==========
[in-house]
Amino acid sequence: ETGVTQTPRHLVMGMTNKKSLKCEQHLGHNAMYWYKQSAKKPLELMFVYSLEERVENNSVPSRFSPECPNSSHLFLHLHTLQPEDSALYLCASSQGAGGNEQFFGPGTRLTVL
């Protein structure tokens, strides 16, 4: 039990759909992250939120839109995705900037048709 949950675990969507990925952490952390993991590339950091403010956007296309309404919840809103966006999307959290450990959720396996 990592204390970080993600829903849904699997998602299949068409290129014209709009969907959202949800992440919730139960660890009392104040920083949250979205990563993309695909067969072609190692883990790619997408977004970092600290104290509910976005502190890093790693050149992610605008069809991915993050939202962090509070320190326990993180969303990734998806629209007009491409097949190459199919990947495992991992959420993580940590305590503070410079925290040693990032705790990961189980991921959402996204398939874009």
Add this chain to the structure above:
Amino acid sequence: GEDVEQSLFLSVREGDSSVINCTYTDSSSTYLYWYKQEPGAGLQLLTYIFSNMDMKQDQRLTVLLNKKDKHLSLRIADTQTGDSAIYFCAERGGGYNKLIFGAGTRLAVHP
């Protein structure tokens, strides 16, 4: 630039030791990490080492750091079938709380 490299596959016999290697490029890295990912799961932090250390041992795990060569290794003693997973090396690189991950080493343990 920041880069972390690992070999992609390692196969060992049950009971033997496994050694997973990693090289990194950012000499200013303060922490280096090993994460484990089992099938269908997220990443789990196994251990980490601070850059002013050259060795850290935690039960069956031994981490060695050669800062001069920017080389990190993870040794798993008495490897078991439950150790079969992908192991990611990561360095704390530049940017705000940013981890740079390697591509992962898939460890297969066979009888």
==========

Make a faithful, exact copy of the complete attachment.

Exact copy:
[in-house]
Amino acid sequence: ETGVTQTPRHLVMGMTNKKSLKCEQHLGHNAMYWYKQSAKKPLELMFVYSLEERVENNSVPSRFSPECPNSSHLFLHLHTLQPEDSALYLCASSQGAGGNEQFFGPGTRLTVL
């Protein structure tokens, strides 16, 4: 039990759909992250939120839109995705900037048709 949950675990969507990925952490952390993991590339950091403010956007296309309404919840809103966006999307959290450990959720396996 990592204390970080993600829903849904699997998602299949068409290129014209709009969907959202949800992440919730139960660890009392104040920083949250979205990563993309695909067969072609190692883990790619997408977004970092600290104290509910976005502190890093790693050149992610605008069809991915993050939202962090509070320190326990993180969303990734998806629209007009491409097949190459199919990947495992991992959420993580940590305590503070410079925290040693990032705790990961189980991921959402996204398939874009």
Add this chain to the structure above:
Amino acid sequence: GEDVEQSLFLSVREGDSSVINCTYTDSSSTYLYWYKQEPGAGLQLLTYIFSNMDMKQDQRLTVLLNKKDKHLSLRIADTQTGDSAIYFCAERGGGYNKLIFGAGTRLAVHP
């Protein structure tokens, strides 16, 4: 630039030791990490080492750091079938709380 490299596959016999290697490029890295990912799961932090250390041992795990060569290794003693997973090396690189991950080493343990 920041880069972390690992070999992609390692196969060992049950009971033997496994050694997973990693090289990194950012000499200013303060922490280096090993994460484990089992099938269908997220990443789990196994251990980490601070850059002013050259060795850290935690039960069956031994981490060695050669800062001069920017080389990190993870040794798993008495490897078991439950150790079969992908192991990611990561360095704390530049940017705000940013981890740079390697591509992962898939460890297969066979009888």